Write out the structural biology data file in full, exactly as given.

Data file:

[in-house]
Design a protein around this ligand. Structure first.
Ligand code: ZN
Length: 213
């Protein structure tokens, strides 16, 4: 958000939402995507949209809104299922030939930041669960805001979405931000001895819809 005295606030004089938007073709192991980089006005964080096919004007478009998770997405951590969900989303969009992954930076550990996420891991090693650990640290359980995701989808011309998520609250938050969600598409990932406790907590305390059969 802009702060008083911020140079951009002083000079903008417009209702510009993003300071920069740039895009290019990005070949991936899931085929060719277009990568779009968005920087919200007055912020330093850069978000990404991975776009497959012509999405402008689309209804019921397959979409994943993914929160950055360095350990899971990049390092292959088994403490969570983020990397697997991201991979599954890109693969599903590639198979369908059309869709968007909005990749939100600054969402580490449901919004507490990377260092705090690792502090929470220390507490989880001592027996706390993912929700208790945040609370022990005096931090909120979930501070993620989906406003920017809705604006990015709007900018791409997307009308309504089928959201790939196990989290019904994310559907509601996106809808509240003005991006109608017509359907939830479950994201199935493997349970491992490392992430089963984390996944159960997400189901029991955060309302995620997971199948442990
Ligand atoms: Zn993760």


[in-house]
Design a protein around this ligand. Structure first.
Ligand code: ZN
Length: 213
């Protein structure tokens, strides 16, 4: 958000939402995507949209809104299922030939930041669960805001979405931000001895819809 005295606030004089938007073709192991980089006005964080096919004007478009998770997405951590969900989303969009992954930076550990996420891991090693650990640290359980995701989808011309998520609250938050969600598409990932406790907590305390059969 802009702060008083911020140079951009002083000079903008417009209702510009993003300071920069740039895009290019990005070949991936899931085929060719277009990568779009968005920087919200007055912020330093850069978000990404991975776009497959012509999405402008689309209804019921397959979409994943993914929160950055360095350990899971990049390092292959088994403490969570983020990397697997991201991979599954890109693969599903590639198979369908059309869709968007909005990749939100600054969402580490449901919004507490990377260092705090690792502090929470220390507490989880001592027996706390993912929700208790945040609370022990005096931090909120979930501070993620989906406003920017809705604006990015709007900018791409997307009308309504089928959201790939196990989290019904994310559907509601996106809808509240003005991006109608017509359907939830479950994201199935493997349970491992490392992430089963984390996944159960997400189901029991955060309302995620997971199948442990
Ligand atoms: Zn993760």